The intellectualism of ensemble arrangements and meditative electronics take precedence over any overt links to club culture, so there's nary a 4/4 to be found here. This dismantling of structure ought to have allowed Shepherd's lush instrumentation to hog the spotlight a little, but it's had the curious side effect of causing it to retreat into low-lit dimness.
After numerous listens of Elaenia, by the end of penultimate track "For Mamish" I find myself in the same position: hunching into my headphones, or creeping the speaker volume upwards, in an effort to bring those layers of bespoke acoustic phrasing a little nearer, make those tiny electronics feel more tactile. It's a curious style choice given the full-bodied sound of releases like 2013's Wires and the Floating Points Ensemble 12-inch. In comparison, the first part of Elaenia's jazz-funk opus "Silhouettes I, II, III" feels as delicate as gossamer, with whisper-quiet drums and synths notes of such weightlessness that they fade into translucence. The second part is where "Silhouettes" comes to life, with warmer tones and an emotionally resonant string section. It really loosens up in the final third, with Tom Skinner and Susumu Mukai finally allowed to settle into a looser groove.
"For Mamish" is most recognisably Floating Points. No percussive elements but a pillowy bass drum accompany the song's laid back Rhodes melody, which hovers in a hazy dream state. The title track is similarly dreamy, if not more so, as its barely perceptible ambient hiss and spaced out notes combine for a gently lulling effect. "Thin Air" and "Nespole" work as each other's alter egos. Each one combines grids of minimalist structure with organic textures—the former eventually succumbs to a rush of bubbling liquid sounds, and the latter moulds its rounded pulses into sharper angles that mimic the rigid programming.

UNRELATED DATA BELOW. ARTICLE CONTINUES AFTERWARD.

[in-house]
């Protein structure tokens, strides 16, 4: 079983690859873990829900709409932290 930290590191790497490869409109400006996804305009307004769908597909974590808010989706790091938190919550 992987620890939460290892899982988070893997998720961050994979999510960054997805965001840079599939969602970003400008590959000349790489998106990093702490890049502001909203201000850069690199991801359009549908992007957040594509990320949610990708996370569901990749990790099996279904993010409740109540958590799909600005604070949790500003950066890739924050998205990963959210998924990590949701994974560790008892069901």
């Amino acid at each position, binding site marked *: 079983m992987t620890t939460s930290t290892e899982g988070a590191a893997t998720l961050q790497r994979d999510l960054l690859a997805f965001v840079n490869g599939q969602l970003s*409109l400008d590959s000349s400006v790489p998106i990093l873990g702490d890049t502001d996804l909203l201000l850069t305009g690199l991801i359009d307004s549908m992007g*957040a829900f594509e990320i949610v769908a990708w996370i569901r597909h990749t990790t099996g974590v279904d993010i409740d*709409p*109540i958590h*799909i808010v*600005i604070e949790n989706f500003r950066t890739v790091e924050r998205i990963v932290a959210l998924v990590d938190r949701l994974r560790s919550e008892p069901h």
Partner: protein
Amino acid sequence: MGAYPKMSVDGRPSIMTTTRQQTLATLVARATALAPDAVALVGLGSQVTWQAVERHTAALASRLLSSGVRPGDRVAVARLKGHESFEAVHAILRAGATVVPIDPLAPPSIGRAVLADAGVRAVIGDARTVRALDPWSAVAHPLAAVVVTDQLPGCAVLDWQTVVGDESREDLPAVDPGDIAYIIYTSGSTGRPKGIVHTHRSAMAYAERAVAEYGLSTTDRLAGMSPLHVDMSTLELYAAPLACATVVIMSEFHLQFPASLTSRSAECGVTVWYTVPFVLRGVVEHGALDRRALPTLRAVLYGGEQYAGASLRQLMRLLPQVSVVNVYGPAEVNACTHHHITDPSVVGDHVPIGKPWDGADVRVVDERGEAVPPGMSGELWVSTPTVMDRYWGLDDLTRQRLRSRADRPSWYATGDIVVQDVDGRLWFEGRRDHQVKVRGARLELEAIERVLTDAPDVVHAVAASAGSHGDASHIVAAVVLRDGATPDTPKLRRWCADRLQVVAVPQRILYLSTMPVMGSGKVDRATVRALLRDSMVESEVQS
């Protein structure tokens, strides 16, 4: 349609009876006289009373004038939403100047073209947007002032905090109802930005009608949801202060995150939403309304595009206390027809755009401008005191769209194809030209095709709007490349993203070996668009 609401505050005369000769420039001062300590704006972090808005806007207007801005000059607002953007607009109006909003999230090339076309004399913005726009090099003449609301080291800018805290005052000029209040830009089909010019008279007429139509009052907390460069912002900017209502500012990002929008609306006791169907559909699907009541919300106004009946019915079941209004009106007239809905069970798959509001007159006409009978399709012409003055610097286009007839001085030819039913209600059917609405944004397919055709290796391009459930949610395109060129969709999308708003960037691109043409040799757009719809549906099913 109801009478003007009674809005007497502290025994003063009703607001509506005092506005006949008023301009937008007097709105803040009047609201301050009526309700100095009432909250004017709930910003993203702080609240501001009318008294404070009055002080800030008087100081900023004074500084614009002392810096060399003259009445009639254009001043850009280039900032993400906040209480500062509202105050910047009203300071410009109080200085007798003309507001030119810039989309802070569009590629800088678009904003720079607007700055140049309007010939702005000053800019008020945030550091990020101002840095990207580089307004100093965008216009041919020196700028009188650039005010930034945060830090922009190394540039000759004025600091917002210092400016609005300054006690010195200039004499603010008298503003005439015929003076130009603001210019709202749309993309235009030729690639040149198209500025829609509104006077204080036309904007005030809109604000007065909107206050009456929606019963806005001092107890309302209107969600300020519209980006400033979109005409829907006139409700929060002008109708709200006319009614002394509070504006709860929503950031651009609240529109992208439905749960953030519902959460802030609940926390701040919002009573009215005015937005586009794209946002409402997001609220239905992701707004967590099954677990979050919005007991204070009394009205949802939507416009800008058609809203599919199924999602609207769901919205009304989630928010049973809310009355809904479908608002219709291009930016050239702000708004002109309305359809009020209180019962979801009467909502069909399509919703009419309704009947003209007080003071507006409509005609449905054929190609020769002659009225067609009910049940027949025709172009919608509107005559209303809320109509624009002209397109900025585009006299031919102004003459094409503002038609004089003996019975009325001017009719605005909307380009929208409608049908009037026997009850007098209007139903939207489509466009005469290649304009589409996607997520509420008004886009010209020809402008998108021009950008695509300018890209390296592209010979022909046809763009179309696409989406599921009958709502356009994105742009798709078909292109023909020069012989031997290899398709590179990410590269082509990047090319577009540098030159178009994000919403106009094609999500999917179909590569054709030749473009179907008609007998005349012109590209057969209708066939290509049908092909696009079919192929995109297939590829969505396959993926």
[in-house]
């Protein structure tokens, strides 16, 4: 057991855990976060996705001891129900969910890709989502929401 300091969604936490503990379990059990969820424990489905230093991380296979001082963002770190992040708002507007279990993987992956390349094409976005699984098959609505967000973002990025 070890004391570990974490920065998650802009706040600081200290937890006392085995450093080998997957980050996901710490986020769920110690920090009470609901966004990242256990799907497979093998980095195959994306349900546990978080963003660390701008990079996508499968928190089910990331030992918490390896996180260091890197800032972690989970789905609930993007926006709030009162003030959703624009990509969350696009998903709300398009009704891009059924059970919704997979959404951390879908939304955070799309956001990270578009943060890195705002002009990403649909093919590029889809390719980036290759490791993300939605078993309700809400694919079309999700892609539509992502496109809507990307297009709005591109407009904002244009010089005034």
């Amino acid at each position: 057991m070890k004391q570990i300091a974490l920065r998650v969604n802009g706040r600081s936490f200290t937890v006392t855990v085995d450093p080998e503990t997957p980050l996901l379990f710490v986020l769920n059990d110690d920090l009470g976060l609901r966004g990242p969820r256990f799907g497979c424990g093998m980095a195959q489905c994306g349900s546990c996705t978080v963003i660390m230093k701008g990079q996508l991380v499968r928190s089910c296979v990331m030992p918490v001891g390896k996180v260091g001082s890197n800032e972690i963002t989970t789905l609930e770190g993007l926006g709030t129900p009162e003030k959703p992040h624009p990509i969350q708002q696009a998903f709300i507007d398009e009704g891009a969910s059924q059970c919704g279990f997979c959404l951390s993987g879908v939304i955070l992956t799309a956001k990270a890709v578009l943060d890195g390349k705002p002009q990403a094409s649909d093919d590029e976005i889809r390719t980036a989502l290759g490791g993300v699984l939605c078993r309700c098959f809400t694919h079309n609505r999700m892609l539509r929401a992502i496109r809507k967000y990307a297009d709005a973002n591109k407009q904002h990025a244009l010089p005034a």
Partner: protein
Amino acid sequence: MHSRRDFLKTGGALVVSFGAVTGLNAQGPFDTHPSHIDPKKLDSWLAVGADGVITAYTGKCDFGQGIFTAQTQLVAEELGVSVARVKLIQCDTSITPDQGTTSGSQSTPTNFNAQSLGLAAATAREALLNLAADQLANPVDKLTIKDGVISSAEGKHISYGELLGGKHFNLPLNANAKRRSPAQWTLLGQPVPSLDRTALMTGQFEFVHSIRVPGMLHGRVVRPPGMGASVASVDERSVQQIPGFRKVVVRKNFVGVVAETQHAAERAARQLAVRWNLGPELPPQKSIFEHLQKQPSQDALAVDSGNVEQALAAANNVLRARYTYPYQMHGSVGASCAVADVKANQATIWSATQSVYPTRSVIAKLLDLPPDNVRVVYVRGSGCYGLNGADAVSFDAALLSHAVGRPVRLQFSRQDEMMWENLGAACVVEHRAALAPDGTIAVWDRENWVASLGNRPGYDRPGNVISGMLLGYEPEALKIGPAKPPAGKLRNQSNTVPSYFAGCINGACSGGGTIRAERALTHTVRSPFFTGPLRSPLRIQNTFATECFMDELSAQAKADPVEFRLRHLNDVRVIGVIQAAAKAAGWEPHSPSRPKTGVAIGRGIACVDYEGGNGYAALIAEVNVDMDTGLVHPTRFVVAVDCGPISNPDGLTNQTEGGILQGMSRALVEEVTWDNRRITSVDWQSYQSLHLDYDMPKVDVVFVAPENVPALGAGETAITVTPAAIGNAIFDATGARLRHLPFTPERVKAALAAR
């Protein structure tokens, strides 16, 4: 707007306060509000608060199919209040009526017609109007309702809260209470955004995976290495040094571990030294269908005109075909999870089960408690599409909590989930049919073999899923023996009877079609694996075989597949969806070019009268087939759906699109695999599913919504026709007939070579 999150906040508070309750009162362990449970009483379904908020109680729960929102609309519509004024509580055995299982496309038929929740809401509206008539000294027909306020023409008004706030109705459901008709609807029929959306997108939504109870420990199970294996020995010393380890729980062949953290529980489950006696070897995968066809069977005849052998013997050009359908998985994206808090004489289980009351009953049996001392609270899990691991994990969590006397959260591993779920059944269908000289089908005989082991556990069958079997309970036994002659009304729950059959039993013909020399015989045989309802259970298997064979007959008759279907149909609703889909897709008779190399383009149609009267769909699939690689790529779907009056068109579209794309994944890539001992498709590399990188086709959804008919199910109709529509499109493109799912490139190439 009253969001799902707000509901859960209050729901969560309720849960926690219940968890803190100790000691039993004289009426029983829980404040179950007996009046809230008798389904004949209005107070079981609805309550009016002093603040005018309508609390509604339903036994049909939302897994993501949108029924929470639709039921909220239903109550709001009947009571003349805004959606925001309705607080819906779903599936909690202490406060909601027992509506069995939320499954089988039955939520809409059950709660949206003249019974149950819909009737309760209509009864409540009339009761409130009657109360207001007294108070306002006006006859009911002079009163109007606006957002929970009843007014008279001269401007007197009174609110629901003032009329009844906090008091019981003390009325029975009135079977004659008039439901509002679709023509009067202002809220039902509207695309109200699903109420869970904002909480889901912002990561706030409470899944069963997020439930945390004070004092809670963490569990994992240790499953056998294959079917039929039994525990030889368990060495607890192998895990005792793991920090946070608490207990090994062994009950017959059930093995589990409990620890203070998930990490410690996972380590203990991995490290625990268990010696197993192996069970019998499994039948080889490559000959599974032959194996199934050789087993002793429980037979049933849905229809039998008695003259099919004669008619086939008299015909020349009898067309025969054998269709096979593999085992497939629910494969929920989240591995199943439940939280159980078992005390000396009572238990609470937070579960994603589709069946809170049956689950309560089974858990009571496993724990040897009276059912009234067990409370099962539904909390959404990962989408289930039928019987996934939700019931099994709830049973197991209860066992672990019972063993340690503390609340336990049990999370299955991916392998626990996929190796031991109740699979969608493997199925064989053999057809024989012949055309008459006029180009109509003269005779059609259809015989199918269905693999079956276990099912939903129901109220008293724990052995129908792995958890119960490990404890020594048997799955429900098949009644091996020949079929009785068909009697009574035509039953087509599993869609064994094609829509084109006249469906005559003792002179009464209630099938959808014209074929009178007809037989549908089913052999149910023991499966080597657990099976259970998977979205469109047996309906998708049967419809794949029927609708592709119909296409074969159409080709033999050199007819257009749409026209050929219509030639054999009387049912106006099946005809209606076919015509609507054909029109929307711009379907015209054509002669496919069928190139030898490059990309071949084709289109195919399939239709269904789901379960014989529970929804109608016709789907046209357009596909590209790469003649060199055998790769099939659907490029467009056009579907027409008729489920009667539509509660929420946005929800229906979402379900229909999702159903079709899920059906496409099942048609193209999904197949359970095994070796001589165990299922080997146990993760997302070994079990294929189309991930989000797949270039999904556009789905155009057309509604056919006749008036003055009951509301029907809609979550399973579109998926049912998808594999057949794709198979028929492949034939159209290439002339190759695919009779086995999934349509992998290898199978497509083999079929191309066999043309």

"Argenté"'s progression from a looped seven-note synth scale to a soaring, swooping, cinematic composition is aided by an impassioned piano solo, which helps build some needed tension and makes the abrupt ending at its peak feel like a satisfying pay off. It's a motif repeated by bracing closer "Peroration Six," where the extended ensemble rhythm section bares its teeth. A single frayed guitar note sets the scene, as strings and horns combine to make their through an upwards rush of notes. Skinner's drums unleash some hellfire, taking the album towards its frenzied crescendo and sudden halt—a surprising show of strength from Shepherd.
It was unlikely the first Floating Points album would've been anything other than beautiful, though its stunning virtuosity turned out more elusive than expected. Shepherd's flawless Eglo catalogue had the power to coax his followers off the dance floor with him, and Elaenia's sophisticated sense of musical accomplishment ought to keep them there.